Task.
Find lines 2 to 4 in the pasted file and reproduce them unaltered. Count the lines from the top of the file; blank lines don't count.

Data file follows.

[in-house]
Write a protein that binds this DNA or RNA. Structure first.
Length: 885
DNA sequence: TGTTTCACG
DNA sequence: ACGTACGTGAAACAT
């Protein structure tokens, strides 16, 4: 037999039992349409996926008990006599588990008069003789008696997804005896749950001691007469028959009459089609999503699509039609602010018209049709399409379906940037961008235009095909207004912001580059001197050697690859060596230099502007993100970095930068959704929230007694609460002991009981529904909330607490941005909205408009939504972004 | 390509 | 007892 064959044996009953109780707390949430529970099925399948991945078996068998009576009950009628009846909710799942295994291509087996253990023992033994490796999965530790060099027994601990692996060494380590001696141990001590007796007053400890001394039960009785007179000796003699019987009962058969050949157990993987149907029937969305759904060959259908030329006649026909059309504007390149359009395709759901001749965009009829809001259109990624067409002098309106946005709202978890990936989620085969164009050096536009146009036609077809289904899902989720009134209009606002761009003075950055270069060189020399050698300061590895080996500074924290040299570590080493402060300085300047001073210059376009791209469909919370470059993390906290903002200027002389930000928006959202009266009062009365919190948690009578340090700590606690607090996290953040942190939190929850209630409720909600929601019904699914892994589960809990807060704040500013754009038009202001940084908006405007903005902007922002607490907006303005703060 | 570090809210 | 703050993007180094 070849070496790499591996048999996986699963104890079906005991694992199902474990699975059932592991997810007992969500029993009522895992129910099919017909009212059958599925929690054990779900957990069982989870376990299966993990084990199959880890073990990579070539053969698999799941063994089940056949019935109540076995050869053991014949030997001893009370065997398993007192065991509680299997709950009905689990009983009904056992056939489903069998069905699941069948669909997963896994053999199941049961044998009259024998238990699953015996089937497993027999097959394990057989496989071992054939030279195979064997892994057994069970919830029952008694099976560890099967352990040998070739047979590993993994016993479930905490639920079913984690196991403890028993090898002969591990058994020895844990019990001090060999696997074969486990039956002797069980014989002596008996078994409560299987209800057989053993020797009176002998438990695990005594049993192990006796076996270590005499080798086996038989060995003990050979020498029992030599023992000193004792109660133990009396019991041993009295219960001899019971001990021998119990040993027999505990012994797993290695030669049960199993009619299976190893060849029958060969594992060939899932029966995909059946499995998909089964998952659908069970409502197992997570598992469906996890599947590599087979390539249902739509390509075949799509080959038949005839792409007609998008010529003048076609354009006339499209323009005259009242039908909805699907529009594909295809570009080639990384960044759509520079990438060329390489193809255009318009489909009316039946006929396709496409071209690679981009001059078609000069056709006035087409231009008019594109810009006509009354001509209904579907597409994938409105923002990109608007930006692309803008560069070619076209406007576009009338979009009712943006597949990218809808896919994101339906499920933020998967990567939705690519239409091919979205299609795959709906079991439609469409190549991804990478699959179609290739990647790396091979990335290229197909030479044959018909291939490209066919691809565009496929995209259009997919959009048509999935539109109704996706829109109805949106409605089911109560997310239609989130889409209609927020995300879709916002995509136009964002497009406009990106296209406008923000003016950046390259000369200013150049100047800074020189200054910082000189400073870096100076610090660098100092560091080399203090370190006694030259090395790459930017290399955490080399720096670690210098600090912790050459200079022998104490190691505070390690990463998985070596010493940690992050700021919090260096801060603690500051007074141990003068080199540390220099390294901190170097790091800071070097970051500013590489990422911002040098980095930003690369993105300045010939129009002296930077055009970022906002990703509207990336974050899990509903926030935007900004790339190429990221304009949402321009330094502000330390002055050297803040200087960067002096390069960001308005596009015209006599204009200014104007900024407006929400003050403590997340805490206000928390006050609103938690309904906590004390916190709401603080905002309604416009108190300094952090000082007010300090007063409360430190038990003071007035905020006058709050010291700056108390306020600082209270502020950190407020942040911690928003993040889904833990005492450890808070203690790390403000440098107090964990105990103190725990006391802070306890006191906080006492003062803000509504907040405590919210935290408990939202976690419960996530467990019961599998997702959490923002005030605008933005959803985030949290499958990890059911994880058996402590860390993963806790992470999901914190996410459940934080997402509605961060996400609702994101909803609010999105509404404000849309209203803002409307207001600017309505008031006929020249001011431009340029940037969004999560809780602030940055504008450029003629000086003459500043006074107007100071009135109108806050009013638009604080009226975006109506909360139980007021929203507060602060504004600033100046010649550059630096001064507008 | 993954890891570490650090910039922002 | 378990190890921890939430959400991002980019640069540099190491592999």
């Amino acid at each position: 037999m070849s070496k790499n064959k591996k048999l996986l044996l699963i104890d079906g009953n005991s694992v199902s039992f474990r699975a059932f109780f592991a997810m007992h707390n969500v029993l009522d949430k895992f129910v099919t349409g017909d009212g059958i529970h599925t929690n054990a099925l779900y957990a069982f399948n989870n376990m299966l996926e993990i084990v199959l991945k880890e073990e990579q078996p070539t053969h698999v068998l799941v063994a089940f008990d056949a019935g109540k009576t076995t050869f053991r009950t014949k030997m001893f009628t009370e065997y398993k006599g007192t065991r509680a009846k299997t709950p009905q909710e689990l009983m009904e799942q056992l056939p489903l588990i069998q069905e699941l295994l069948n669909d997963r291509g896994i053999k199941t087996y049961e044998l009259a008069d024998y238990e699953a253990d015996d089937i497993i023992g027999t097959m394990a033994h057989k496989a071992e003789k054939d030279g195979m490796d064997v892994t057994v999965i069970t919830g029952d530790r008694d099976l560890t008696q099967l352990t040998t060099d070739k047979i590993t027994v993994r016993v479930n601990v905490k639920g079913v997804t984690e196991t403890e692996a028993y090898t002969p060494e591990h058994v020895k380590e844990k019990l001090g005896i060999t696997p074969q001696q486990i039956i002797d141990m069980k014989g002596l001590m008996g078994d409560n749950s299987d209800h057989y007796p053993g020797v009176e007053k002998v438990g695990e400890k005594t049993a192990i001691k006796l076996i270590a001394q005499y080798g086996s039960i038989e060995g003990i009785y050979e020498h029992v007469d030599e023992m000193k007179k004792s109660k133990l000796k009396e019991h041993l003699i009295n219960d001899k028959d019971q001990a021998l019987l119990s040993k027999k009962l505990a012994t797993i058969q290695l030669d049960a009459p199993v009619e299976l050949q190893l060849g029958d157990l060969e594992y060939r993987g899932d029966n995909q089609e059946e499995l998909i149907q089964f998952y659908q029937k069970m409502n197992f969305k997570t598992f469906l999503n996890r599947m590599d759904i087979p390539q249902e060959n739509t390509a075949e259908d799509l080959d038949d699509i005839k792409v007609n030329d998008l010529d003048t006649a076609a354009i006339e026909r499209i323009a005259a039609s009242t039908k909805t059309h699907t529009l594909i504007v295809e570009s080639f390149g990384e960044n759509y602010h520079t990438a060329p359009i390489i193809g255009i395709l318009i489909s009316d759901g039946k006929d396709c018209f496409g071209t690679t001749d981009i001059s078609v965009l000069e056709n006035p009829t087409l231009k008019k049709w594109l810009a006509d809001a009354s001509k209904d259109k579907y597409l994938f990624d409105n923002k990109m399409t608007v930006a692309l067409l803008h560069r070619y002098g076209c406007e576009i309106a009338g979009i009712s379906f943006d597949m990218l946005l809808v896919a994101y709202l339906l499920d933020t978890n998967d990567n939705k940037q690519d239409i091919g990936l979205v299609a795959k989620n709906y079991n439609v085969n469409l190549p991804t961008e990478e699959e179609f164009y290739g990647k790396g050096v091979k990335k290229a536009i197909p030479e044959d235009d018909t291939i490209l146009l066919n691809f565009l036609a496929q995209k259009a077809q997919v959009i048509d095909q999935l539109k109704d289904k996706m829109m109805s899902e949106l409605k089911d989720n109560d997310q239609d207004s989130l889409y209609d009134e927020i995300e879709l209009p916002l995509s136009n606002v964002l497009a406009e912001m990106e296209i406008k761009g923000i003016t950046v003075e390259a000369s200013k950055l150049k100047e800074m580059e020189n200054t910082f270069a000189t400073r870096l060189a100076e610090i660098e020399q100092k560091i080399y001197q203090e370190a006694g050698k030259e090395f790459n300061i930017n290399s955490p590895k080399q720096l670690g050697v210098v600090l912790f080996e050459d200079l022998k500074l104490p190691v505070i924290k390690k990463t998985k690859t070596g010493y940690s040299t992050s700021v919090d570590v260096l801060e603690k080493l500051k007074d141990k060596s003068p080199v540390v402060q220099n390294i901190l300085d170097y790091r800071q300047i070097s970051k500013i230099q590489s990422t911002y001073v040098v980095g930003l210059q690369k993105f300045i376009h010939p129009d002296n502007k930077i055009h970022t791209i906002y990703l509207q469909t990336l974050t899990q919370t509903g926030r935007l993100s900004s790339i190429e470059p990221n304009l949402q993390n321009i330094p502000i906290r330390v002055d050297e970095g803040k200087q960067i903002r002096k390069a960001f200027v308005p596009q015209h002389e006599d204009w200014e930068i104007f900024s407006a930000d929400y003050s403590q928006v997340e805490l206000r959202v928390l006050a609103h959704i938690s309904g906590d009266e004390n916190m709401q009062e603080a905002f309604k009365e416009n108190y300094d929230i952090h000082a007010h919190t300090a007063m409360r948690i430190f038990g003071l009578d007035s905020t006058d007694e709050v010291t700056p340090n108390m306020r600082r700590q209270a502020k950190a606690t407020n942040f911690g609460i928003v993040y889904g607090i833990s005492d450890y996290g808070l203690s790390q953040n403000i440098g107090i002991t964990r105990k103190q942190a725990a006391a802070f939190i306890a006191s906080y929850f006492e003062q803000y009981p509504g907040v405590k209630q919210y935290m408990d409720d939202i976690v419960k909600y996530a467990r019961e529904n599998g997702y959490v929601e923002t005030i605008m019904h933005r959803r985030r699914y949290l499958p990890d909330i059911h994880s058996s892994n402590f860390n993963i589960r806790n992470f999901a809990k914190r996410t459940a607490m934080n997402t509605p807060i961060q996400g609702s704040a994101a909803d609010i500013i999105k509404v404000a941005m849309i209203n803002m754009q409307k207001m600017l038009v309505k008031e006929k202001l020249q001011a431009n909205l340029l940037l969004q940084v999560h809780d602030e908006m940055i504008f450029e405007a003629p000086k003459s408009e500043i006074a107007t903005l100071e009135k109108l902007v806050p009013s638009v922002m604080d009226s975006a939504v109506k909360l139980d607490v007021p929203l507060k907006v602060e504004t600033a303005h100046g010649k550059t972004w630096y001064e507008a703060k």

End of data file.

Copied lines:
Write a protein that binds this DNA or RNA. Structure first.
Length: 885
DNA sequence: TGTTTCACG